In those days the only way the people had of getting their produce to market was with farm wagons pulled the greater part of the time with oxen.

One fine morning the men (?) loaded their wagon with dressed hogs and other produce, leaving their companions to keep each other company over night they being sisters (Mary & Nancy) they readily agreed to stay in one house which was not very elaborate establishment.  

Being a log house lathered with clay with clapboard room with no ceiling overhead, one door made of clapboards, which was (?) with a wooden latch and leather string, a fireplace was built on the outside made of rock daubed with clay, the chimney was finished to top of the house with sticks and clay.  As night drew neigh, grandma (Wilcox) and Aunt (Nancy) fastened their door and settled down for a (unreadable).  Aunt Nancy's baby not being (unreadable) soon began to cry.  A panther distracted by the baby's crying, was soon on top of the house with all its might..er long it tore one of those mud balls from the chimney letting it fall down in the fire scattering it out over the floor.  They were so alarmed that they burned two straw beds a little at a time to keep the beast from jumping down the chimney, but about daybreak it left suddenly to find something more easily gotten than jumping thru the fire although it would have enjoyed that crying baby for an early breakfast.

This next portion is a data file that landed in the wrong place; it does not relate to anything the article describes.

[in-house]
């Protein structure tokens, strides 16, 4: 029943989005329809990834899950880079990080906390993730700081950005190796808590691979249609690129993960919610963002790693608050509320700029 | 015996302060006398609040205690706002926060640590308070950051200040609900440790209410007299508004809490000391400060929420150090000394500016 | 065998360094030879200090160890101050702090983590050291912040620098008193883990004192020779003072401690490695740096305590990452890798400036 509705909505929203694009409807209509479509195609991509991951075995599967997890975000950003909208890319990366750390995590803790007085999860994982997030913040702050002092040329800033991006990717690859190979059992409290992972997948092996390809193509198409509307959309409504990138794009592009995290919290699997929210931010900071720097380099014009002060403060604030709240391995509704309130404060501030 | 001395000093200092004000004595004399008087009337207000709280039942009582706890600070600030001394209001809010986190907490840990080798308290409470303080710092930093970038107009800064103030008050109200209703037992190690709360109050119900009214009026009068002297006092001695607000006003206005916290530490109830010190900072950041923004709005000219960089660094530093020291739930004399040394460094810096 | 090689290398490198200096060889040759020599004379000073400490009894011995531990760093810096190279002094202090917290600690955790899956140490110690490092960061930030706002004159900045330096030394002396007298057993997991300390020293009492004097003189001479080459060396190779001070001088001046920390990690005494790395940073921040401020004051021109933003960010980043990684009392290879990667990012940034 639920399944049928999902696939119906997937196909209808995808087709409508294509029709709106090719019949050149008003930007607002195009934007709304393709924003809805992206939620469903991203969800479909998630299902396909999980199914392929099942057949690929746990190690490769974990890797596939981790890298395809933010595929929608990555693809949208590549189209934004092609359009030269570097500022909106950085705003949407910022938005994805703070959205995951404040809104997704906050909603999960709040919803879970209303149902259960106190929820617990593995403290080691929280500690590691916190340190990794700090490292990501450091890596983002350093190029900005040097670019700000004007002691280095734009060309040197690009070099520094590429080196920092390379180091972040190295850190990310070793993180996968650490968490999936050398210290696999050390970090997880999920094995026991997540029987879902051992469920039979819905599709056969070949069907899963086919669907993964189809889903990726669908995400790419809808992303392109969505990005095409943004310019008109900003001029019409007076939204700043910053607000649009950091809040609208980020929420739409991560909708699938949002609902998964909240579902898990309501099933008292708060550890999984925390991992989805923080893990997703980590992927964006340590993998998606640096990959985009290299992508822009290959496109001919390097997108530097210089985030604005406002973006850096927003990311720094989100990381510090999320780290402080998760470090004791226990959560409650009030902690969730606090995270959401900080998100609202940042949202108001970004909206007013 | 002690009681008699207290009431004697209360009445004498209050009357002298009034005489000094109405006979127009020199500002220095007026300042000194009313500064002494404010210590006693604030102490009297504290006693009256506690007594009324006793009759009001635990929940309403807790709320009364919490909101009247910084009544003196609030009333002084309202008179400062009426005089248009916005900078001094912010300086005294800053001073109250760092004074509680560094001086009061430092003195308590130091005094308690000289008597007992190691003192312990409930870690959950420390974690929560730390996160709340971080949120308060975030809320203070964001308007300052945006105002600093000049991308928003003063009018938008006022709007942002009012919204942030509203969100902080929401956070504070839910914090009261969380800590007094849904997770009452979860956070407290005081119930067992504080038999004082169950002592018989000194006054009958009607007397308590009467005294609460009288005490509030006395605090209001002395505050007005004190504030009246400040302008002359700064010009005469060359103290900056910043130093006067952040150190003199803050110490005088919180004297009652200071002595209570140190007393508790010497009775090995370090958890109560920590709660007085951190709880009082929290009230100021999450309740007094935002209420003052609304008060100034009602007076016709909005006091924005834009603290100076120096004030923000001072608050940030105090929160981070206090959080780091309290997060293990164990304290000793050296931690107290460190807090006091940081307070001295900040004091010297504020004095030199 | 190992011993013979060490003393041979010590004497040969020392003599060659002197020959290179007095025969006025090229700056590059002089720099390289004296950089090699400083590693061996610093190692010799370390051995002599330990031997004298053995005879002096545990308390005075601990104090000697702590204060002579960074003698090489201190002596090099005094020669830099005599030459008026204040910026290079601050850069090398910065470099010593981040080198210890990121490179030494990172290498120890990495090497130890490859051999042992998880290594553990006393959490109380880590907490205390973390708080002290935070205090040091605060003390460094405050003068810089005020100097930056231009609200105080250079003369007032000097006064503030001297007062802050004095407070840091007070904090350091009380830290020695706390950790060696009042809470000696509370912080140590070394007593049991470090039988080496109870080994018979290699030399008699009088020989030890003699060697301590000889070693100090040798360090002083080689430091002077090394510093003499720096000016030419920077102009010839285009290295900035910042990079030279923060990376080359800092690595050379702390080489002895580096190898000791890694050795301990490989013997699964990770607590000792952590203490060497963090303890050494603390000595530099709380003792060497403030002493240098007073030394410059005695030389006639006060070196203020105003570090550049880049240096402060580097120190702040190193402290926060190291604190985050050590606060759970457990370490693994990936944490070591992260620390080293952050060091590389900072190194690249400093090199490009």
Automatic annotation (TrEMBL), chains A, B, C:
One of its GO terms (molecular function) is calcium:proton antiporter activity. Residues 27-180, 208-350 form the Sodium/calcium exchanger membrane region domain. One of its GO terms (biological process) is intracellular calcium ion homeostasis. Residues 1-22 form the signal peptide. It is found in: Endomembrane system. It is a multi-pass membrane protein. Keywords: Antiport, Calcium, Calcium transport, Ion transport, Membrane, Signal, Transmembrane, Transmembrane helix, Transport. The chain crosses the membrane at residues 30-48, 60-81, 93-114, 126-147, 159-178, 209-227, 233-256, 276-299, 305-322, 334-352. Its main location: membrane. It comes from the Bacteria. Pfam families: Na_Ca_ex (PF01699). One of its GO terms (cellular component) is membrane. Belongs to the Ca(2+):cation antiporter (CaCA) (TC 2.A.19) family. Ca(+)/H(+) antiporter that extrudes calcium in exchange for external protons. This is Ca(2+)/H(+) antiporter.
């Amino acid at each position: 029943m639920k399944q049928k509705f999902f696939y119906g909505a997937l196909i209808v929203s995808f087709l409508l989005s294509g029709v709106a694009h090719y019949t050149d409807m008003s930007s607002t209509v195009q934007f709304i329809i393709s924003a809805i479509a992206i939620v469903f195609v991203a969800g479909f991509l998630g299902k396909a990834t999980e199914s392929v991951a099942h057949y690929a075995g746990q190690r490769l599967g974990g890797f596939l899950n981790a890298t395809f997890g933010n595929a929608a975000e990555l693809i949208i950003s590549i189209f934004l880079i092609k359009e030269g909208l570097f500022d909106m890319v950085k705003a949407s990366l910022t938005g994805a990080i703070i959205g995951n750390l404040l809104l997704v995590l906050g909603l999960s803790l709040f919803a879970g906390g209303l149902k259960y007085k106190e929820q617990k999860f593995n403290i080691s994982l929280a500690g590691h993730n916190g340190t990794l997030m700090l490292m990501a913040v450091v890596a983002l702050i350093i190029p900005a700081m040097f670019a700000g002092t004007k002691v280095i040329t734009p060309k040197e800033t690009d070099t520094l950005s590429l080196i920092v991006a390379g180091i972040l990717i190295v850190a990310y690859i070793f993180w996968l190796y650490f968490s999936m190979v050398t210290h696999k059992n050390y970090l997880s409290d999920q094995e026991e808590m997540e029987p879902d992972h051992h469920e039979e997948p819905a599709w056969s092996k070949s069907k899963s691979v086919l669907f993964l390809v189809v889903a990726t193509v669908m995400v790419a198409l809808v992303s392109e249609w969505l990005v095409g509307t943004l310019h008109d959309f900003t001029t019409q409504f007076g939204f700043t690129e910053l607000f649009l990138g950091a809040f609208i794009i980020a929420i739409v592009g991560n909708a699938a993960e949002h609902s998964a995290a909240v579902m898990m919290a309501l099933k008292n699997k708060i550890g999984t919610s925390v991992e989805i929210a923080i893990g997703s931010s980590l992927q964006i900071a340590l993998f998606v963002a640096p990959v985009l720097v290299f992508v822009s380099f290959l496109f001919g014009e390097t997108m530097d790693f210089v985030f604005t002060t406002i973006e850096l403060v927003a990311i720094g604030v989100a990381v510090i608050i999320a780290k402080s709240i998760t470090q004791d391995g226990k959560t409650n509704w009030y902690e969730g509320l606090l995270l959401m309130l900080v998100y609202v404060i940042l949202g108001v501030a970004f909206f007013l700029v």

The crying baby of this story was Smith Ferris now deceased father of Dewitt Ferris of Bunker Hill and Mrs. Marion BIRD of Staunton.

By Mrs. J. W. WILDER of Bunker Hill.

George is also the Administrator  in the Estate for a Leseal Grant dated 15 Dec 1840.

George is listed in the Honor Roll or Veteran Burial's in Macoupin County, Illinois 1956 Illinois Veteran's Commission. 

He died January 27, 1965 in Staunton, Macoupin County, and is buried at the Tine Sawyer Cemetery which is located in Dorchester Twp. between Wilsonville & Sawyerville.  His stone spells his name Farris.  There is quite a bit of paperwork regarding George's Estate.

Tine Sawyer Cemetery & stone.

Notes on Nancy Piper Faris -

According to the 1860 Federal Illinois, Macoupin Co. Census - Nancy was 60 years old and born in GA.

Nancy remarried a R. W. Williams 26 May 1866 in Macoupin Co., IL.  She died 19 May 1992

From the 1880 Census, 7-9, Microfilm Roll 232 . . .Illinois Dorchester Twp., taken 24th Day of June 1880.  #201 - 214 in margin

Williams, Richard WM50, Married, Farmer, b. New York, Father New York / Mother Ireland_______, Nancy  WF75  Married, Keeping house, b. Pennsylvania, Father Philadelphia / Mother Virginia, cannot read, cannot write.  In this census there is also Grace William WF22, Single, works day labor b Illinois Father Illinois / Mother Illinois, cannot read, cannot write.  And a 3 year old male, James Farris, living with Nancy & Richard.

In 1880 Nancy was living one door away from a John N. Piper 17, his wife Emma B. 15 with first cousin James E. 15.

Go to Generation 1 - James and Nancy (Piper)

Go to Generation 3 - William V. and Permelia (Harrington)

Go to my Index or my complete Surname List